Rapid Intervention Team Staging and Task Force Operations

The importance of building an equipment bank close to the scene for firefighter rescue operations cannot be underestimated.

The importance of building an equipment bank close to the scene for firefighter rescue operations cannot be underestimated. Having this Rapid Intervention Team (RIT) equipment staging area close to the firefighter rescue operations will drastically reduce the amount of time required to move this specialized rescue equipment to a downed firefighter in the event of a mayday. This operation is similar to transferring companies closer to a working fire as the incident escalates.

As we all know, seconds count when a firefighter becomes lost or trapped in a burning building. Taking steps to reduce this time wherever we can will increase the chances of survival for the firefighter in trouble. Rapid Intervention Teams must be pro-active while on the fireground. Performing building and fire condition size ups on a periodic basis during the incident should be standard protocol for the RIT.

A pro-active procedure such as setting up and maintaining a pool of firefighter rescue equipment near the incident, versus running for this equipment when a mayday is declared is good rapid intervention management. A series of staging levels is incorporated into the RIT standby to better manage the operations.

Level 1 Staging

A level 1 staging operation would be for "routine" room and contents fires that are held to one alarm, a smaller fire. This type fire is usually under control within 15 to 20 minutes requiring the use of one or two attack lines. Statistically, the most dangerous time on the fireground is within the first 20 minutes of arrival. With a quick dispatch of a RIT on the first alarm of reported structure fires, a firefighter rescue team would arrive well before this time frame expires.

During a level 1 staging operation the RIT would report to command and stage in front of the building, (trying to maintain a view of at least two sides of the fire building). The team should have with them; basic forcible entry tools, full PPE and SCBA, handlights, RIT bag (if used), a thermal imaging camera (if available), and an SCBA rescue pack. This level of staging will usually be short in nature time wise and would not require the action of setting up a formal staging area.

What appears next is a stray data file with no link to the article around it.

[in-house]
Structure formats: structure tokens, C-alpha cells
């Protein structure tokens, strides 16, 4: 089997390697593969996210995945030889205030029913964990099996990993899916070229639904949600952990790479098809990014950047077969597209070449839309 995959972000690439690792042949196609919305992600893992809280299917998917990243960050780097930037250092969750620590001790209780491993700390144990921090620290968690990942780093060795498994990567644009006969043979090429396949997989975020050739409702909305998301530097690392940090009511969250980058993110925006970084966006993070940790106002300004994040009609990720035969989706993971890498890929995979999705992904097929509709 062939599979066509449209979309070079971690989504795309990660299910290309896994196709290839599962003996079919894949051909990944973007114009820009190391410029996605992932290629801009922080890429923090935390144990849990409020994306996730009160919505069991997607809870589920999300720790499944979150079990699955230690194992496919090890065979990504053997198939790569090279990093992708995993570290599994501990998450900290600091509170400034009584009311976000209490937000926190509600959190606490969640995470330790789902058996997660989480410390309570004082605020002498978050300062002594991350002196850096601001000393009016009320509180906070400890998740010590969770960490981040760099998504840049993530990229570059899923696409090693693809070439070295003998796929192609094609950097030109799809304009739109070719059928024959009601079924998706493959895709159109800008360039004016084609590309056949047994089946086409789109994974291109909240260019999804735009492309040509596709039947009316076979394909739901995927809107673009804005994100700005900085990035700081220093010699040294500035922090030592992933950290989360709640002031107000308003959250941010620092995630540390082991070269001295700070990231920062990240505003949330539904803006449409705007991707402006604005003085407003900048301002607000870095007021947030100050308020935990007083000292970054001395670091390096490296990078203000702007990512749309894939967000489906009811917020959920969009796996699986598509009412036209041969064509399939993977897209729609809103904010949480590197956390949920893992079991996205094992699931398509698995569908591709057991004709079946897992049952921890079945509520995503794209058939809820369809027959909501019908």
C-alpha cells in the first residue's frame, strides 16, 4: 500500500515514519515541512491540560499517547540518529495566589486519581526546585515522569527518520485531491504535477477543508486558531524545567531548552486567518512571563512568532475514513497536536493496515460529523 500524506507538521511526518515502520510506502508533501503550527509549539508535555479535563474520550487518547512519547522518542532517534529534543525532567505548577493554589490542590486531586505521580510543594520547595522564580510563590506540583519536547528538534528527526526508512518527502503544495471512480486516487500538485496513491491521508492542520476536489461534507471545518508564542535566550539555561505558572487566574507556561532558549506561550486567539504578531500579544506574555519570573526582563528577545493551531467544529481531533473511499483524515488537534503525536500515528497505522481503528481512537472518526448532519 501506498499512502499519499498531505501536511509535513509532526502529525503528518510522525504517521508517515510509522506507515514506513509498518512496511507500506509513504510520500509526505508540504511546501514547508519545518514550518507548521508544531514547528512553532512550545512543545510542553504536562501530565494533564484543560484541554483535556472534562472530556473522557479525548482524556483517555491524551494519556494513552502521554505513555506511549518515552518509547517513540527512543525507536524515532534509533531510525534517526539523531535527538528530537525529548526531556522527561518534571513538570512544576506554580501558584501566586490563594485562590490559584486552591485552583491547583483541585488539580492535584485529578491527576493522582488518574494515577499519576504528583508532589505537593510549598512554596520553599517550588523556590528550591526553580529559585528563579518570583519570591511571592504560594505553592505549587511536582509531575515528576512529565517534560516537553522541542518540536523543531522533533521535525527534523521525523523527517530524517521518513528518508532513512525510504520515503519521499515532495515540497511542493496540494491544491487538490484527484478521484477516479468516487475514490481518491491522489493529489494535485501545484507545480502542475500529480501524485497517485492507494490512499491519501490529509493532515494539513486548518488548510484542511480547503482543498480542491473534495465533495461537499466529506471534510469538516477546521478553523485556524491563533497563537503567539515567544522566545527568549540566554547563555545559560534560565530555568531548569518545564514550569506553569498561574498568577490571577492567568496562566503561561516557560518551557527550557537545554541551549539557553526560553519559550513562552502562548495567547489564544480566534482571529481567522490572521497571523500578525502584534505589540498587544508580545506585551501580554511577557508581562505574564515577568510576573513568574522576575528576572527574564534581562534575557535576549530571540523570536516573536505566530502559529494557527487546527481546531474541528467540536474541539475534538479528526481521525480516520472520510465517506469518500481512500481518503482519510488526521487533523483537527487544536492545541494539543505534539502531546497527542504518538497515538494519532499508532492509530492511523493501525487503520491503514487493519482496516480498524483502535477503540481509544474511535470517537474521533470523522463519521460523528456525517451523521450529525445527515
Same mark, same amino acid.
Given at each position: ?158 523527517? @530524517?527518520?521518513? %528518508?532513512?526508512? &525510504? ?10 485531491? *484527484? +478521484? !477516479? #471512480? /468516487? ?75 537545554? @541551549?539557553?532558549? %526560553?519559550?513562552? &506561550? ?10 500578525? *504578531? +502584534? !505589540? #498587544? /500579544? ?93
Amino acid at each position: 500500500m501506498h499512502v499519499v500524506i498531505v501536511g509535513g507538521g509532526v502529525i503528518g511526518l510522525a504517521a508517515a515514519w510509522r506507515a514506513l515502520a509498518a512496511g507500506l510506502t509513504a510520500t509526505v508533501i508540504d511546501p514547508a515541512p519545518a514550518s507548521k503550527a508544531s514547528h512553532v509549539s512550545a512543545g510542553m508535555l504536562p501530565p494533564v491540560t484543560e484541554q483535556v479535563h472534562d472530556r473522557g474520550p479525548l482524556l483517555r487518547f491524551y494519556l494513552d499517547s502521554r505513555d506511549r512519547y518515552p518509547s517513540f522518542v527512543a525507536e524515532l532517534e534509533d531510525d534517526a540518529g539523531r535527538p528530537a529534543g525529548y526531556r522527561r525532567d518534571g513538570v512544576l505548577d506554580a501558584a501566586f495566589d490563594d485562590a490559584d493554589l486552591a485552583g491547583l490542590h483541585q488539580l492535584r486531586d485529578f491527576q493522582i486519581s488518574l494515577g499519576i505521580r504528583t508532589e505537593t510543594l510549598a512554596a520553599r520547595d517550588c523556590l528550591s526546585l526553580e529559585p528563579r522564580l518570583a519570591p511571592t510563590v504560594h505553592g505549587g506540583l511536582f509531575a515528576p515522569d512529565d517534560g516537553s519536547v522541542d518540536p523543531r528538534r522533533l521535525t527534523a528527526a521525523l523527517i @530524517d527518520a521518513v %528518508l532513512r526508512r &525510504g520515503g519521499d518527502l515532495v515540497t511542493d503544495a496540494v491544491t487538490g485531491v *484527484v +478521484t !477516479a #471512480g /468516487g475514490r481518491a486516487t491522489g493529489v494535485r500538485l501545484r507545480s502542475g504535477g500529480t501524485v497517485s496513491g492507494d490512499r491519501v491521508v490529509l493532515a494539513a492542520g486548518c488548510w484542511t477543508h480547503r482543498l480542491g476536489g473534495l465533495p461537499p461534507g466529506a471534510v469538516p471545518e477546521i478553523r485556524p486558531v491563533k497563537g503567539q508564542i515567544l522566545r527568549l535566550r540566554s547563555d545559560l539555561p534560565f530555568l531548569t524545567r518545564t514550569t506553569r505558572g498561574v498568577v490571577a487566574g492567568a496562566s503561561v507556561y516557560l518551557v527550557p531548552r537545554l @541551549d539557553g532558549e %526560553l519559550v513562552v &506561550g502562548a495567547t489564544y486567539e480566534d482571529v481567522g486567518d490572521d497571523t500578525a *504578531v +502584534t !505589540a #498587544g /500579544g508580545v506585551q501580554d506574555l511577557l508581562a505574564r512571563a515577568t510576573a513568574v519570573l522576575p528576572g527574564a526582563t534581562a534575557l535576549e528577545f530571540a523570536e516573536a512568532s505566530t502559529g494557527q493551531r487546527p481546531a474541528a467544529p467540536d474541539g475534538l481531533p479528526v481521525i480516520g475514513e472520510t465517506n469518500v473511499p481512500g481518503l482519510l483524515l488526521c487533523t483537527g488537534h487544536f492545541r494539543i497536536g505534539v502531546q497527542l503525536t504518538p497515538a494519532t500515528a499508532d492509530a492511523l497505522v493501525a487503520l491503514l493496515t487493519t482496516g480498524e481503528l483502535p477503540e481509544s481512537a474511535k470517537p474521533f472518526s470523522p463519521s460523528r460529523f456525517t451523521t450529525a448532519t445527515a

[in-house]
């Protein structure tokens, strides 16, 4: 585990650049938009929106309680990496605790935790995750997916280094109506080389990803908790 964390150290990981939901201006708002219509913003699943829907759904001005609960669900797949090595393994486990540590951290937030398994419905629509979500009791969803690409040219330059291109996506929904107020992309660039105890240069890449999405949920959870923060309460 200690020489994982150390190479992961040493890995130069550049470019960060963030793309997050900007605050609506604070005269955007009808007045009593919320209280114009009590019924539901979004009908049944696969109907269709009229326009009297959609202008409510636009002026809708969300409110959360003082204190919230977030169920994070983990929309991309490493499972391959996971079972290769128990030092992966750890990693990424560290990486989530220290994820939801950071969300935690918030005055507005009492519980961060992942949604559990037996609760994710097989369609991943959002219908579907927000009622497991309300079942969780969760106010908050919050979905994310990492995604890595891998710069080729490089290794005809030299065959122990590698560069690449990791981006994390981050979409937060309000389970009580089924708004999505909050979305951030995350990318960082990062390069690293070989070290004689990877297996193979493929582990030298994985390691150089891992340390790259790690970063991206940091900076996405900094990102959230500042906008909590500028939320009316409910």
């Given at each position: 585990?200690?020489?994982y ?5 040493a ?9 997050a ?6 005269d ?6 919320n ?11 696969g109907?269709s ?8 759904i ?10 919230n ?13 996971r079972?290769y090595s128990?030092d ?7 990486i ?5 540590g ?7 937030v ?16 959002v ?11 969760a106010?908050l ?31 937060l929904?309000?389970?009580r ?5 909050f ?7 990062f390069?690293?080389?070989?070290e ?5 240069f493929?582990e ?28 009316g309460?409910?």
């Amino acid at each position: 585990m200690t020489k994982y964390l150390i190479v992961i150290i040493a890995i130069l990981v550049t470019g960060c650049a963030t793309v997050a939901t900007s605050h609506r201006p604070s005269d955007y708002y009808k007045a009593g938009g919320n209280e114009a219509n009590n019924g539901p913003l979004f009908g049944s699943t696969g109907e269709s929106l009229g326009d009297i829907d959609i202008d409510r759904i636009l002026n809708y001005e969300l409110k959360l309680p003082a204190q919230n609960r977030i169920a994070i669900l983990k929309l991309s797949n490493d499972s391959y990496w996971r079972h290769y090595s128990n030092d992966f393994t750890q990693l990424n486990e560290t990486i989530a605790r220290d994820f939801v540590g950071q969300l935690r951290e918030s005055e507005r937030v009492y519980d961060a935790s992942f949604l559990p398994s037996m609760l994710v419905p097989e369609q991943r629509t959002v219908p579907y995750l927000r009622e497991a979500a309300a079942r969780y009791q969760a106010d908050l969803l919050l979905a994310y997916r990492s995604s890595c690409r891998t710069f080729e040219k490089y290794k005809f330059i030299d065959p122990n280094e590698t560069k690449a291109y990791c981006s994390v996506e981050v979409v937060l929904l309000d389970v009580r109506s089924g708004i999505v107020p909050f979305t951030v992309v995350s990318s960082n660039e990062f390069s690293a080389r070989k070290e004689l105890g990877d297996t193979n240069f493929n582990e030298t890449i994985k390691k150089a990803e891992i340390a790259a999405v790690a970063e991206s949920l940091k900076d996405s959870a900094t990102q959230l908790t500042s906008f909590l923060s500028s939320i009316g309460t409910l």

Level 2 Staging

A level 2 staging operation would be for one alarm fires that escalate into a two alarm or greater incident, a larger fire. Additionally, a fire that would advance to a second alarm before the arrival of the RIT would advance to a level 2 staging operation. This type of incident is inherently more dangerous to firefighters and would require a more pro-active standby.

The length of on scene time increases, structural integrity of the fire building weakens, firefighters work strenuously at initial on scene tasks reducing their stamina. Engine crews advance deeper into smoke filled structures locating the seat of the fire, truck crews are spending more time on the roof, and SCBA air supplies are often stretched to the low air alarm.

All of these situations and more make for a more perilous fireground with accidents and dangerous situations lurking in the shadows. It is within this type of incident that our firefighter rescue teams must be vigilant and ready to deploy at a moment's notice.

Having a formal equipment staging area during this type of incident will increase the RIT's ability to deploy on a mayday. This level of standby adds more specialized rescue equipment to the teams arsenal requiring the use of a salvage tarp placed on the ground to better control and maintain this equipment pool. This tarp will also notify suppression firefighters that this equipment is for use by the RIT only in the event of a mayday.

Equipment such as a chainsaw and circular saw with a metal cutting blade. Having these saws immediately available to the RIT will enable them to quickly perform an enlarged opening on a structure to remove firefighters or cut steel security bars from windows for immediate firefighter escape. This staging level would also require the team to secure a power source for providing electrical power to specialized rescue equipment such as sawzalls, electric chainsaws, or lighted search rope.

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